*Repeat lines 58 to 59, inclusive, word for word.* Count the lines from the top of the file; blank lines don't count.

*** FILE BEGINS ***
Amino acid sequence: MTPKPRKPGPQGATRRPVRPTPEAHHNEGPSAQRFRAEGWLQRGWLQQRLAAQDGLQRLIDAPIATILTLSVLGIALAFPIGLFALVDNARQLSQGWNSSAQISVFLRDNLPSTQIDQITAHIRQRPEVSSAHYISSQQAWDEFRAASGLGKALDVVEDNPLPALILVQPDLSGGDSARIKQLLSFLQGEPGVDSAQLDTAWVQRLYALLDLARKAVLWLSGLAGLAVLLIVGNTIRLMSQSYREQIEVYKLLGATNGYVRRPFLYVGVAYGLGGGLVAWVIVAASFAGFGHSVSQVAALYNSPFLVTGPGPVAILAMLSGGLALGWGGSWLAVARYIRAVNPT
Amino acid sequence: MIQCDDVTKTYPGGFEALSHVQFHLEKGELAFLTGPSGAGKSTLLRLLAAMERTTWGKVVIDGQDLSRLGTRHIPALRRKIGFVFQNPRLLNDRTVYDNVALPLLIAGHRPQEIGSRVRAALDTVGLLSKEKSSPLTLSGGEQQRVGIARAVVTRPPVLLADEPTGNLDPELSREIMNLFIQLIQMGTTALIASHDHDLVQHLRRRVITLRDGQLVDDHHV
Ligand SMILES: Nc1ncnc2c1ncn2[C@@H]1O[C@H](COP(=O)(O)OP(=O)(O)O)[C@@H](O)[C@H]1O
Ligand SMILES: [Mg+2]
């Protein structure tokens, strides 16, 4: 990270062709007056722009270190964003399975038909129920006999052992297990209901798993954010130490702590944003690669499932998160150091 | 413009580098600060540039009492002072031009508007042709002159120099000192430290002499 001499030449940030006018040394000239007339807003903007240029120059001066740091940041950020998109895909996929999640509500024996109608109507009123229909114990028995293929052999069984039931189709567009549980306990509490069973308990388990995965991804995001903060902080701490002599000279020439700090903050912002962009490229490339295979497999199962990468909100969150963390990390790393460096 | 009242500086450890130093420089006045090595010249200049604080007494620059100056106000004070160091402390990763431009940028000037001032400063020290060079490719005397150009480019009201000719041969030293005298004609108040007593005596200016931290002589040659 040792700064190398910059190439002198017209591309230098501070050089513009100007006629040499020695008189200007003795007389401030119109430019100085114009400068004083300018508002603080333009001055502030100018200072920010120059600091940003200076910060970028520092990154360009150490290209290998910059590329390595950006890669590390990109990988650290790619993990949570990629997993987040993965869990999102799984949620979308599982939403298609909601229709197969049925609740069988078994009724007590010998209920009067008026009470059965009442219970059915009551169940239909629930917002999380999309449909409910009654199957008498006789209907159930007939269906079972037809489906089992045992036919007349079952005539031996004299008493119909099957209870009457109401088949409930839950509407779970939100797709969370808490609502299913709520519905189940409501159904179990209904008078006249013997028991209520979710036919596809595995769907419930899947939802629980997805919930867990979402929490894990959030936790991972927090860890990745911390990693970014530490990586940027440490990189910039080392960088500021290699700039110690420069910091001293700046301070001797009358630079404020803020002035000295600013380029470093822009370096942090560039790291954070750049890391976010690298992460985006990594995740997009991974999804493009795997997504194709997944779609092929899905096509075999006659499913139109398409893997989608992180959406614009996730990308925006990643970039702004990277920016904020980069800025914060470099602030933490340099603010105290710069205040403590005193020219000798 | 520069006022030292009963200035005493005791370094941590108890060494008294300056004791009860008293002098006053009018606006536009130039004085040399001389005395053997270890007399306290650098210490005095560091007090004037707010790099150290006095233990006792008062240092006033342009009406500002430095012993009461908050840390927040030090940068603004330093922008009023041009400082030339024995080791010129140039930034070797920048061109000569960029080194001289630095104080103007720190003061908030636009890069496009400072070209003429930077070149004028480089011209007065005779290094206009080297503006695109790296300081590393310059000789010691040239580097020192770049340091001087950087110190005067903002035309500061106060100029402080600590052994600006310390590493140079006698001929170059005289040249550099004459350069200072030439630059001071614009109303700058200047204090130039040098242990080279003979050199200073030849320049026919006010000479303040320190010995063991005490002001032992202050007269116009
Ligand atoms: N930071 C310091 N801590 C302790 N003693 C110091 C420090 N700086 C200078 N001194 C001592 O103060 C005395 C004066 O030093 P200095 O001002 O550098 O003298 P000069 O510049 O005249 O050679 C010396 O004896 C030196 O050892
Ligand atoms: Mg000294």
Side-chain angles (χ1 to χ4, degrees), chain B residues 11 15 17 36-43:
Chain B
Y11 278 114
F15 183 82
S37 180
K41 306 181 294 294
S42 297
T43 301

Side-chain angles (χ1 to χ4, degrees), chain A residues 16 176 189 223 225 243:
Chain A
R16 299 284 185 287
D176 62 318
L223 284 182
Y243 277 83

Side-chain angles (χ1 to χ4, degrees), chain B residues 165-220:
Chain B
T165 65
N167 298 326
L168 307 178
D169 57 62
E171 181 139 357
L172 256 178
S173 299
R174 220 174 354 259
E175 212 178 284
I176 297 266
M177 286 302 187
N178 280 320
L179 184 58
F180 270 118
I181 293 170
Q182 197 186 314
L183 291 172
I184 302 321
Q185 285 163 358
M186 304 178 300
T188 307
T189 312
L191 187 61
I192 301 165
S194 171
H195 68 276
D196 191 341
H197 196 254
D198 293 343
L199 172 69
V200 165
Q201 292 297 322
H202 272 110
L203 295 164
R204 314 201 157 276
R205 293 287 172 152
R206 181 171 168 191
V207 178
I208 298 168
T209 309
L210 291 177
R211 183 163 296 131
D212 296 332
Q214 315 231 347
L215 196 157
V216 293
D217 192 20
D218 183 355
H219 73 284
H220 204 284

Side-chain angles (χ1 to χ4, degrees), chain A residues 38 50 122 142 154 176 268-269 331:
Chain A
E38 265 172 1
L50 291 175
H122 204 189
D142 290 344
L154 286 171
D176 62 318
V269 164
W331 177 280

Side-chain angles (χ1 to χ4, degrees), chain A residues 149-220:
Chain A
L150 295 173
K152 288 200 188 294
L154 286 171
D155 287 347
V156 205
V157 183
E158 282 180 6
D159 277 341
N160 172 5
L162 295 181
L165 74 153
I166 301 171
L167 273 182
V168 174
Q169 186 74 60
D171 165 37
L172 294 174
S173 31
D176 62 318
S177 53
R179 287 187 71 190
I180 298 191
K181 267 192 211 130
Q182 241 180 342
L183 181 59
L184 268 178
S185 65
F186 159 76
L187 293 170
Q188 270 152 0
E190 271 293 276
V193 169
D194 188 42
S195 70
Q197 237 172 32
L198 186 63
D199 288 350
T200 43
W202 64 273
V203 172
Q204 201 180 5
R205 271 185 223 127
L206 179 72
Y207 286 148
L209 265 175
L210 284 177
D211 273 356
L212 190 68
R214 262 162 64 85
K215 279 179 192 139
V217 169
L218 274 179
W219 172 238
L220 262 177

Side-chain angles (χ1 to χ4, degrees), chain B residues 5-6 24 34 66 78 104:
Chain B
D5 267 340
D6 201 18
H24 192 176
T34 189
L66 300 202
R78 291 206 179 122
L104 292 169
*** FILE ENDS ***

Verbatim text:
R204 314 201 157 276
R205 293 287 172 152